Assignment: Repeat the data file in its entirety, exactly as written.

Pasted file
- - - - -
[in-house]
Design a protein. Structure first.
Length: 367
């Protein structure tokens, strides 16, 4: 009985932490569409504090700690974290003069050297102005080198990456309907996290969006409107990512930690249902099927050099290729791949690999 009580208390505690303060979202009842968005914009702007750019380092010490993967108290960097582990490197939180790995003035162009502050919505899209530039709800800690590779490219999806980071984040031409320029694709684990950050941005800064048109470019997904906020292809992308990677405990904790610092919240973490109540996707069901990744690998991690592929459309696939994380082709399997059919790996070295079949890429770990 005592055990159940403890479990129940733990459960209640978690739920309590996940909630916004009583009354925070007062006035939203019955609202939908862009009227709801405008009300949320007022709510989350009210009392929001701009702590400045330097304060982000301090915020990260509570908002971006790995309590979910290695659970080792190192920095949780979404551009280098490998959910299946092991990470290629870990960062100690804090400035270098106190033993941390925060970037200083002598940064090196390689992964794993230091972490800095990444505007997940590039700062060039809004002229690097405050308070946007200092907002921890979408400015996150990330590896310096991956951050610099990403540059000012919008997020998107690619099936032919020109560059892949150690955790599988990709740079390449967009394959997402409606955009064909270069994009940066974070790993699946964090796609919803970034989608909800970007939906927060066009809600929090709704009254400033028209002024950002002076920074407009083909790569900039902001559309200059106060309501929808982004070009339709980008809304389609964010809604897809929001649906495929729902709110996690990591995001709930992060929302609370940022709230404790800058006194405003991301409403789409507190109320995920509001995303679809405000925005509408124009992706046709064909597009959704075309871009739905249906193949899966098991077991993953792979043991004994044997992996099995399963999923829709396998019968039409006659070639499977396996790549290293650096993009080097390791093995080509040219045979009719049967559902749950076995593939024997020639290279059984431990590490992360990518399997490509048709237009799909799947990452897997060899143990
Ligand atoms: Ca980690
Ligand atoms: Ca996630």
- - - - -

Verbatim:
[in-house]
Design a protein. Structure first.
Length: 367
């Protein structure tokens, strides 16, 4: 009985932490569409504090700690974290003069050297102005080198990456309907996290969006409107990512930690249902099927050099290729791949690999 009580208390505690303060979202009842968005914009702007750019380092010490993967108290960097582990490197939180790995003035162009502050919505899209530039709800800690590779490219999806980071984040031409320029694709684990950050941005800064048109470019997904906020292809992308990677405990904790610092919240973490109540996707069901990744690998991690592929459309696939994380082709399997059919790996070295079949890429770990 005592055990159940403890479990129940733990459960209640978690739920309590996940909630916004009583009354925070007062006035939203019955609202939908862009009227709801405008009300949320007022709510989350009210009392929001701009702590400045330097304060982000301090915020990260509570908002971006790995309590979910290695659970080792190192920095949780979404551009280098490998959910299946092991990470290629870990960062100690804090400035270098106190033993941390925060970037200083002598940064090196390689992964794993230091972490800095990444505007997940590039700062060039809004002229690097405050308070946007200092907002921890979408400015996150990330590896310096991956951050610099990403540059000012919008997020998107690619099936032919020109560059892949150690955790599988990709740079390449967009394959997402409606955009064909270069994009940066974070790993699946964090796609919803970034989608909800970007939906927060066009809600929090709704009254400033028209002024950002002076920074407009083909790569900039902001559309200059106060309501929808982004070009339709980008809304389609964010809604897809929001649906495929729902709110996690990591995001709930992060929302609370940022709230404790800058006194405003991301409403789409507190109320995920509001995303679809405000925005509408124009992706046709064909597009959704075309871009739905249906193949899966098991077991993953792979043991004994044997992996099995399963999923829709396998019968039409006659070639499977396996790549290293650096993009080097390791093995080509040219045979009719049967559902749950076995593939024997020639290279059984431990590490992360990518399997490509048709237009799909799947990452897997060899143990
Ligand atoms: Ca980690
Ligand atoms: Ca996630």